Activity: Operators & Functions

Students are asked to:
  • Test to see if one of the given functions is an eigenfunction of the given operator
  • See if they can write the functions that are found not to be eigenfunctions as a linear combination of eigenfunctions.
What students learn
  • In wavefunction notation, operators (differential operators) act on functions.
  • Identifying eigenvalues relationships with functions, e.g., : \(\hat{H}\phi_n(x) = E_n \phi_n(x)\)
  • Complex exponentials are eigenfunctions of both the linear momentum and the kinetic energy operators (in this case, the Hamiltonian for an infinite square well).
  • Linear combinations of eigenfunctions are NOT eigenfunctions UNLESS the functions in the sum have the same eigenvalue.
  • Media
    • activity_media/spoperatorfunchand.tex
    • activity_media/spoperatorfunchand.pdf

Operators & Functions

For each of the following operators, test each function to see if it is an eigenfunction of the operator.

  • If it is, what is the eigenvalue?
  • If it is not, can you write it as a superposition of functions that are eigenfunctions of that operator?
  1. \(\hat{p} = -i\hbar\frac{d}{dx}\)
    • \(\psi_1(x) = Ae^{-ikx}\)

    • \(\psi_2(x) = Ae^{+ikx}\)

    • \(\psi_3(x) = A\sin kx\)

  2. \(\hat{H} = -\frac{\hbar^2}{2m}\frac{d^2}{dx^2}\)

    • \(\psi_1(x) = Ae^{-i\frac{p}{\hbar}x}\)

    • \(\psi_2(x) = Ae^{+i\frac{p}{\hbar}x}\)

    • \(\psi_3(x) = A\sin \frac{px}{\hbar}\)

  3. \(\hat{H} = -\frac{\hbar^2}{2m}\frac{d^2}{dx^2}\)

    • \(\psi_1(x) = A\sin kx\)

    • \(\psi_2(x) = A\cos kx\)

    • \(\psi_3(x) = Ae^{ikx}\)

  4. \(\hat{S_z} \doteq \begin{bmatrix} \frac{\hbar}{2} & 0\\ 0 & -\frac{\hbar}{2}\end{bmatrix}\)
    • \(\left|{\psi_1}\right\rangle \doteq \begin{bmatrix} 1 \\ 0 \end{bmatrix}\)

    • \(\left|{\psi_2}\right\rangle \doteq \begin{bmatrix} 0 \\ 1 \end{bmatrix}\)

    • \(\left|{\psi_3}\right\rangle \doteq \frac{1}{\sqrt{2}}\begin{bmatrix} 1 \\ 1 \end{bmatrix}\)

Question: Are superpositions of eigenfunctions also eigenfunctions themselves?

Operators and Functions: Instructor's Guide


  • Some knowledge of 2-state systems (e.g. spin)
  • An operational understanding of eigenstates/eigenfunctions

Activity: Introduction

We usually start with lecture introducing differential operators - momentum and energy.

Activity: Student Conversations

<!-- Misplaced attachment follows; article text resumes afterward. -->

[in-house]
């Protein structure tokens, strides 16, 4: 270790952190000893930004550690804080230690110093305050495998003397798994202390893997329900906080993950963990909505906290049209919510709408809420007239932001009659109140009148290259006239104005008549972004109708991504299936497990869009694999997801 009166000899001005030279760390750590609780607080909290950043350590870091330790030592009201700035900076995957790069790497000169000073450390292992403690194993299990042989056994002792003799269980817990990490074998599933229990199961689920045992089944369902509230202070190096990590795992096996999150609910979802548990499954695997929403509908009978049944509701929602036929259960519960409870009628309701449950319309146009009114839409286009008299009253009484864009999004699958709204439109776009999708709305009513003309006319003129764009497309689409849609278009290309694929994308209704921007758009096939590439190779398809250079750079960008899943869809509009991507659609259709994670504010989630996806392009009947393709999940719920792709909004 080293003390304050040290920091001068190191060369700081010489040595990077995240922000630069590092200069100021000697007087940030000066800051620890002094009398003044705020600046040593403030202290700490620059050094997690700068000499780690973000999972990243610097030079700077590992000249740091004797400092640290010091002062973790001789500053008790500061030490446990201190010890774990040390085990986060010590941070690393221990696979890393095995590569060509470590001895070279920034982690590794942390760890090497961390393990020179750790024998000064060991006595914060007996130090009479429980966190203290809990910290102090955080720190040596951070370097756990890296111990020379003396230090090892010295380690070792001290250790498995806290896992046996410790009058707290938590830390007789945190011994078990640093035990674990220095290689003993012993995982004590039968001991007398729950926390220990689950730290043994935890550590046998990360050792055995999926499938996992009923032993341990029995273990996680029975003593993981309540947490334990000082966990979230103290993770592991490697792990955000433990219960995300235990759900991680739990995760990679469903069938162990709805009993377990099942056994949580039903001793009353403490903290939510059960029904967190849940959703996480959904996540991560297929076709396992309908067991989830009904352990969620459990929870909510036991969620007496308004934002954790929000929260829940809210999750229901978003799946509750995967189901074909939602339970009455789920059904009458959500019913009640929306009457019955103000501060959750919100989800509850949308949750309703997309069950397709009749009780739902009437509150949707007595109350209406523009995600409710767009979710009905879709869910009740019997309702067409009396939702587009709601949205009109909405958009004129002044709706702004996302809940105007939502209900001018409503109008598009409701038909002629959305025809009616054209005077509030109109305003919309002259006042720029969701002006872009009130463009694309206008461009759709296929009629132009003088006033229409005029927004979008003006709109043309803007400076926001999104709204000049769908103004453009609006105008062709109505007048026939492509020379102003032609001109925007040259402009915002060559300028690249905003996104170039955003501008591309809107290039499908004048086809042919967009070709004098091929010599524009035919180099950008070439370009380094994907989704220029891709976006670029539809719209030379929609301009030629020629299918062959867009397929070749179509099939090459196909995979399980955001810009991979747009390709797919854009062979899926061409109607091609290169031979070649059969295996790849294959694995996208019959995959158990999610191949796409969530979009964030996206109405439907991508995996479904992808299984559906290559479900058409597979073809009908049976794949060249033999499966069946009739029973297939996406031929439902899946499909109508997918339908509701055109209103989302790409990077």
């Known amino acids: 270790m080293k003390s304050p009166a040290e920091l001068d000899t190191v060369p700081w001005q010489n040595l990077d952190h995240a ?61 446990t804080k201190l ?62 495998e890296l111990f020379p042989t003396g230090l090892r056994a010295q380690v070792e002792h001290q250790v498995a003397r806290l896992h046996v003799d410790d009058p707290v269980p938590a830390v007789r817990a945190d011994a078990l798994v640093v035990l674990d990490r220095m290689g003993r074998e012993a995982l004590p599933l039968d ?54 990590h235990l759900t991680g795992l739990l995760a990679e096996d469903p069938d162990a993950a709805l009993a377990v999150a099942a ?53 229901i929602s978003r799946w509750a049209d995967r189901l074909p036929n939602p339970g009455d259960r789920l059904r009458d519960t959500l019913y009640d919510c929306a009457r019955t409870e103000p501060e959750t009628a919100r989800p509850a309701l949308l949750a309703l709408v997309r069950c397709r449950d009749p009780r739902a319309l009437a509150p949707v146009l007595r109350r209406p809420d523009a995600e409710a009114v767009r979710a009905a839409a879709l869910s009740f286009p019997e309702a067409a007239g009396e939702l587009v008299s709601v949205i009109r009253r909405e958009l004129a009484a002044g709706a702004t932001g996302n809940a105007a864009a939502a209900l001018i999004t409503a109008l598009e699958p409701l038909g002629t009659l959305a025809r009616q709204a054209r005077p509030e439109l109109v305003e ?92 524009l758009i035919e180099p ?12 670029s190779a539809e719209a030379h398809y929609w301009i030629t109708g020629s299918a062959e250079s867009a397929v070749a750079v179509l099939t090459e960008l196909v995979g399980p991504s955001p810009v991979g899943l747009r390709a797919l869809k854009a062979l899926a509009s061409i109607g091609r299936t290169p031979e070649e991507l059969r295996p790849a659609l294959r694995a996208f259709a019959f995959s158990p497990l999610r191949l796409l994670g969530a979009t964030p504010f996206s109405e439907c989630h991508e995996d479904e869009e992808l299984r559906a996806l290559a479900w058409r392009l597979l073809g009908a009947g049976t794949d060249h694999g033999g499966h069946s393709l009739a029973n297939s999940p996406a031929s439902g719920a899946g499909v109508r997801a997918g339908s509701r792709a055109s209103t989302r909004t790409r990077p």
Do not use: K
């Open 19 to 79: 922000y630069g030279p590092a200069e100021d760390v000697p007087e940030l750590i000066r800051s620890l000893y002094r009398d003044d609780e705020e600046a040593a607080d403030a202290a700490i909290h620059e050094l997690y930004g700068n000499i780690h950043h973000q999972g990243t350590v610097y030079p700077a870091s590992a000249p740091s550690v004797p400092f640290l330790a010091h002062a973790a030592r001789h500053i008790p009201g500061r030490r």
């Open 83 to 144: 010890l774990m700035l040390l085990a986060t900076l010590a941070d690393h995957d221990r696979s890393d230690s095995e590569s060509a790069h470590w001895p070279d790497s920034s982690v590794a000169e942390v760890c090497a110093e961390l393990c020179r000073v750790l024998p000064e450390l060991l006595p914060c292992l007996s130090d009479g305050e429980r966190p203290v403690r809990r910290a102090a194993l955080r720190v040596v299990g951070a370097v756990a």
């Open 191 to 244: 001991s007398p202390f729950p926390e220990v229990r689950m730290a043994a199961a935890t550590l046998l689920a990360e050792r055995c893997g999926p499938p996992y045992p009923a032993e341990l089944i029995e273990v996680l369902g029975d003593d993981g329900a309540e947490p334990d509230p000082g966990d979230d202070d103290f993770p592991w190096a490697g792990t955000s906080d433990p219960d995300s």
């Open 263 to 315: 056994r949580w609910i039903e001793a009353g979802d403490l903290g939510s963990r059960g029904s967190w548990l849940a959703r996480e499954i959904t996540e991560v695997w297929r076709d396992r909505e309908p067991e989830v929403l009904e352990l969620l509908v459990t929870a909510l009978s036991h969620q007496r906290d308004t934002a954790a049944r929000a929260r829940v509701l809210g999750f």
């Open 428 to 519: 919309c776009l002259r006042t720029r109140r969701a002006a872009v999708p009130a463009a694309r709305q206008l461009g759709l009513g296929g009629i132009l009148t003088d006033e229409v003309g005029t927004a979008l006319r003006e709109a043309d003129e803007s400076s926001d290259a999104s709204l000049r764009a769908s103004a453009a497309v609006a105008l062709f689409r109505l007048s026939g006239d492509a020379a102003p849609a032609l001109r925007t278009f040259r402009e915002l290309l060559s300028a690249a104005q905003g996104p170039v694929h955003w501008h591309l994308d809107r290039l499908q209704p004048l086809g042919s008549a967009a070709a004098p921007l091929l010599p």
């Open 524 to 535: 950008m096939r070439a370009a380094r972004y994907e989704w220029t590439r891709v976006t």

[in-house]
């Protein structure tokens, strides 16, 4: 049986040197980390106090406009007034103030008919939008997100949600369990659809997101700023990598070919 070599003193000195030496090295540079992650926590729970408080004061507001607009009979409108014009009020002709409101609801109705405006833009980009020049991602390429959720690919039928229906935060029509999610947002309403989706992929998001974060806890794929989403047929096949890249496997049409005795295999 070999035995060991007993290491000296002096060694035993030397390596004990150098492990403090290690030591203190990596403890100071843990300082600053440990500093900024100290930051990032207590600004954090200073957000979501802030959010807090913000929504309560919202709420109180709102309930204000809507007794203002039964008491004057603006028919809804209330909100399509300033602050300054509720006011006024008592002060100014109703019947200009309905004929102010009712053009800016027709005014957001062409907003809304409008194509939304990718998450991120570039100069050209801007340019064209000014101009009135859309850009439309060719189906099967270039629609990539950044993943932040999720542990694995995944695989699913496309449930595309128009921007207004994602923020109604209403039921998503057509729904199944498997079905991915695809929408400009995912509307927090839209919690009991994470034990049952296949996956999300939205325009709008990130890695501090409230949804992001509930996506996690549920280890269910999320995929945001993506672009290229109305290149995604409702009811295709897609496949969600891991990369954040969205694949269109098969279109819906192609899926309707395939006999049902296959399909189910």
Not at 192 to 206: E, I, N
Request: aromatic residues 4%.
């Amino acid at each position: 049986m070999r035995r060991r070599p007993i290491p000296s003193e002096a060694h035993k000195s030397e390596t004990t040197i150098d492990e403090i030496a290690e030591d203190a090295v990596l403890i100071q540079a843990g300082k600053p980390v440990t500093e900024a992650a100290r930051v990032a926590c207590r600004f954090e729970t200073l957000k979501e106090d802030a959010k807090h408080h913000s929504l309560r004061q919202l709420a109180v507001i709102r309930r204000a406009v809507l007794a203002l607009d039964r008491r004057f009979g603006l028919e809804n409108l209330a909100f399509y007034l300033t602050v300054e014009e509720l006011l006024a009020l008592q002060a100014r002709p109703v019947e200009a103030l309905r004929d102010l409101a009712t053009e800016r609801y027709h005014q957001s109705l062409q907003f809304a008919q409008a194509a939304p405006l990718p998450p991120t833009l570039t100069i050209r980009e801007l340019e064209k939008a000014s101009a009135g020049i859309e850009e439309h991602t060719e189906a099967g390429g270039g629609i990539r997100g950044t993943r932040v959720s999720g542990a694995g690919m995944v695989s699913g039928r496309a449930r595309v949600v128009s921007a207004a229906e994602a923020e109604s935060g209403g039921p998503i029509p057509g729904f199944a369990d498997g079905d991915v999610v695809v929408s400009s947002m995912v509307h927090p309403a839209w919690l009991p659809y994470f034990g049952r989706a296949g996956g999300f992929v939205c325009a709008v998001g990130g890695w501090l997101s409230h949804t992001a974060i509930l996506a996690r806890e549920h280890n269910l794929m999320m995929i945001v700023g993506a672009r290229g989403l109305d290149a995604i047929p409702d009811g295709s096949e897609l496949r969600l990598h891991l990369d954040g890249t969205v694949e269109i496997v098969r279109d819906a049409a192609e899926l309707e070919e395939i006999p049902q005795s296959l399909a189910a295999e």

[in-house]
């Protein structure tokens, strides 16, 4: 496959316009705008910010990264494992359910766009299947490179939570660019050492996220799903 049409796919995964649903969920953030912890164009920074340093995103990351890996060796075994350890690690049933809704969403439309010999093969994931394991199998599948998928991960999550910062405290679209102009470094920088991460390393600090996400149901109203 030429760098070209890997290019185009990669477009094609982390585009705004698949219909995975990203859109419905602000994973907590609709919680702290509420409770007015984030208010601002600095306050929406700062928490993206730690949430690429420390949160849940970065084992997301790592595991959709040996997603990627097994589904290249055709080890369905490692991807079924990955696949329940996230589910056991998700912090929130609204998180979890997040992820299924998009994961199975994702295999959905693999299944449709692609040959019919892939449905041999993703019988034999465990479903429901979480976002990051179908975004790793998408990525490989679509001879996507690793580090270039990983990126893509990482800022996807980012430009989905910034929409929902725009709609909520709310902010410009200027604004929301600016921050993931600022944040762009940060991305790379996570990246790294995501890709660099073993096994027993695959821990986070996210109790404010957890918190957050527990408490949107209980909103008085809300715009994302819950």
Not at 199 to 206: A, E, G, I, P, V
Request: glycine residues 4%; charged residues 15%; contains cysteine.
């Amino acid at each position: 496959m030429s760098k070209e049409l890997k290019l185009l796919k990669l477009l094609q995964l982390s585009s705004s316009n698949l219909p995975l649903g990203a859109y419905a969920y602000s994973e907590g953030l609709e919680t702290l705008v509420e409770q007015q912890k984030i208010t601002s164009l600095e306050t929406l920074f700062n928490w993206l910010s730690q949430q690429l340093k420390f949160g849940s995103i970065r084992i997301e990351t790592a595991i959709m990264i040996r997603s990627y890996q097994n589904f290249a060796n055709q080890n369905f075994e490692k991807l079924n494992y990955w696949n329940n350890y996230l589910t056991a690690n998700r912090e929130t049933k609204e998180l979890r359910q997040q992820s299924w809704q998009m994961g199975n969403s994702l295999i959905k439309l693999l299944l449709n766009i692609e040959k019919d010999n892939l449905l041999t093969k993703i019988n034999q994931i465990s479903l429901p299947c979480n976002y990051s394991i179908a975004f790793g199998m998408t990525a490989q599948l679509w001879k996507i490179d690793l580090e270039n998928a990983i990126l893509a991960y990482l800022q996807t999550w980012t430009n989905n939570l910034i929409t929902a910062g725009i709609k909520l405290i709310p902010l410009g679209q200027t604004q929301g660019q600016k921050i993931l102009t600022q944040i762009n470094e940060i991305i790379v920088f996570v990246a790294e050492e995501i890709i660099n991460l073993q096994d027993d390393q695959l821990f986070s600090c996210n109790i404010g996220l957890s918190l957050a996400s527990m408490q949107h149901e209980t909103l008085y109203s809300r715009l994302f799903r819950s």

• Many students have trouble identifying eigenfunctions. They have to be reminded about the definition of an eigenstate/eigenfunction. Students also have difficulty recognizing eigenfunctions, especially if the eigenvalue is not 1. It helps to re-emphasize that they are checking to see if the eigenvalue equation holds for each function.
  • Students also have difficulty expanding functions in terms of eigenfunctions. We build on the idea of expanding a function in terms of other functions in each paradigm (power series, Fourier series, complete sets of states, etc) and will continue to do so (spherical harmonics, Bessel functions, Legendre polynomials, Laguerre functions).

Activity: Wrap-up

This is activity where the wrap-up is key: students will happily grind through the computations of this activity without reflecting on the existence of patterns. The wrap-up discussion should not only go over the answers so that groups can check if they've done the computations correctly, but should also, and more importantly, review how eigenfunctions can be identified, and highlight similarities/differences in the eigenfunctions for the momentum and energy operators. Some points to highlight:
  • eigenvalues of the Hamiltonian should have dimensions of energy and eigenvalues of p should have dimension of momentum. Ask them to think about the dimension of \(\hbar k\).
  • degeneracy of energy eigenvalues
  • connect to traveling waves -
  • When addressing the momentum operator, emphasize that \(A\sin(kx)\) is NOT an eigenfunction, but can be written as superposition of eigenfunctions.
    • ask what you would actually measure for momentum for \(\psi(x)=A\sin(kx)\): you will only measure \(\hbar k\) and \(-\hbar k\), but the average (expectation value) is zero.
    • it can also be helpful to remind them of a spins example in bra-ket notation, in order to help them connect this to what they have already done.


Author Information
Janet Tate
Learning Outcomes